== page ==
Review by Joe Santulli



Graphics: 4

Sound: 8

Gameplay: 9

Overall: 9

utopia.gif (2183 bytes)For two years I labored under the misconception that the Atari 2600 was the be-all end-all of video game systems. It was 1980 and I was a young punk high school student who thought he knew it all. Friends of mine had purchased the Odyssey2 to be "different", and watched as not only dust bunnies, but also dust giraffes and elephants gathered on their obsolete Pong systems. Yep, I had made the right choice. It was by chance that I stumbled onto the Intellivision system. A woman whose yard I used to cut every week had a lazy bum brother who always used to be upstairs playing video games. One day I disclosed my obsession with the Atari and she invited me up to play with her brother.

He was playing a game where he had to shoot hostile robots while a spider and some bats slowed him down. Night Stalker. I watched him play for awhile, amazed by the colorful graphics and crisp sounds. I was instantly hooked on the game. We played a few sports games that afternoon, where I played his patsy while he trounced me in Baseball and Basketball. It didn't matter, though... I'd get even later, when I got a job. You don't get paid for playing Intellivision games, you see - a detail he'd never quite understand.

Anyway, the point I'm laboriously getting to is that I took an instant liking to the style of the Intellivision games. I'd play every other weekend that summer there, each time contemplating a purchase of my own. It was about a year later - when Utopia was released by Mattel - that my mind was finally made up.

Why didn't Night Stalker, Astrosmash, or the excellent sports sims do it for me? What was it about this "sleeper" strategy game that made me take the plunge? It's obvious to me now. You see, most people don't buy a system unless they feel it is going to offer "the next level" of gaming to them. There really wasn't anything superior about the systems that were released until 1980. It was all a matter of software. Utopia really shows off what the Intellivision can do, surprisingly. For one, the keypad is actually useful here. The graphics are ultra-sharp, although not very animated. The sound is incredible. There are rushing winds, explosions, rainfall, and some strange "boing" sounds when you're catching fish. Quite remarkable in an era where sounds were limited to white noise.

The game itself is a remarkable head-to-head strategy challenge. You simply have to have a better continent than your opponent in the allotted time (a selectable number of rounds consisting of a selectable duration). You can do this in a civil way, by out-economizing and out-producing him, or you can go for the jugular by sending PT boats to sink his fishing fleet and rebels to crash his buildings inland. Random events occur during each round. Hurricanes travel erratically across the screen, threatening to destroy anything in its path; tropical storms rip up your crops; rain increases your revenue when it touches your harvest; pirate ships sink your fishing boats... it's a fantastic simulation for its time. If you have the attention span of a ten-year old like I do then the simplicity of the game will also wow you. About the only thing missing from Utopia is a one-player option, although you can try to beat a personal high score (population is a good one) and let random events be your opponent.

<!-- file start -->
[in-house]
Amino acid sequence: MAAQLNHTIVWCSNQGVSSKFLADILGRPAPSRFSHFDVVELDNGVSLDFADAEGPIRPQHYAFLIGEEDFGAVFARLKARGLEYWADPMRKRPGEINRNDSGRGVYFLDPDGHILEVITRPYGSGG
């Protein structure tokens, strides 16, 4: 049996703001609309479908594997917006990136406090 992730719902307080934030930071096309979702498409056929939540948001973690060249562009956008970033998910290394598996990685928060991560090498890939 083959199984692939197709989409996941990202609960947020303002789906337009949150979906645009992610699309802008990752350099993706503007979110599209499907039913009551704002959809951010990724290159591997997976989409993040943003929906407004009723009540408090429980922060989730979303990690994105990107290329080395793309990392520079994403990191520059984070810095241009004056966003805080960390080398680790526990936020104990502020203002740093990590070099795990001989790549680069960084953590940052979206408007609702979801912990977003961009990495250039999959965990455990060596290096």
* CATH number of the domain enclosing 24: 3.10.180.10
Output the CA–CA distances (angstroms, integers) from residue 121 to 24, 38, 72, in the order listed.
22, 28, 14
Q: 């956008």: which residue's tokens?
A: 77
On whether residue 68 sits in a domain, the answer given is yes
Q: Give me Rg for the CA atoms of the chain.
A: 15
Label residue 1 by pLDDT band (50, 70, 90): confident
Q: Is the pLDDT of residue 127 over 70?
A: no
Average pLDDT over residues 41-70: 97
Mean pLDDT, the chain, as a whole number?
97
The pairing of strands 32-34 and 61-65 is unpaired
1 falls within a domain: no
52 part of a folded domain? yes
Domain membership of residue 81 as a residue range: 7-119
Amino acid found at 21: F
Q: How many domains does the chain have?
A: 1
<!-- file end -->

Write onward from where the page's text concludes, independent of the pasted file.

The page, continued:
Utopia pre-dates Sim City and it's "similar in many ways. Certain items, like factories and fishing boats earn cash every round. Others, like the school and hospital increase the productivity of other buildings. The only action you'll have to deal with is the fishing itself, which is just like it is in real life - slow, dull, and completely controlled by the willingness of the fish to be caught. In Utopia, the fishies drift off of the screen, but your boats don't. You have to lug it all the way over to the other side or look for a closer school of the little bastards.

It was a thrill breaking out the Intellivision for a game of Utopia with the Mrs. Our first game was as close as they get. She started out with an "I'll leave you alone if you leave me alone" policy, but after a few losing rounds realized that attacking (and subsequently sinking) my trustingly unprotected block of fishing boats was the only way to catch up. I explained to her the rules of war and reminded her of the treaty that we had verbally agreed upon, when she suddenly responded by sending a rebel to destroy one of my hospitals. I was so proud of her. She truly has "Santulli" in her blood.

Oh, by the way. Get Utopia if you have an Intellivision. If you don't, then get an Intellivision... then get Utopia. My wife is looking for another sucker to play.


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Last updated: Wednesday, December 24, 2003 06:36 AM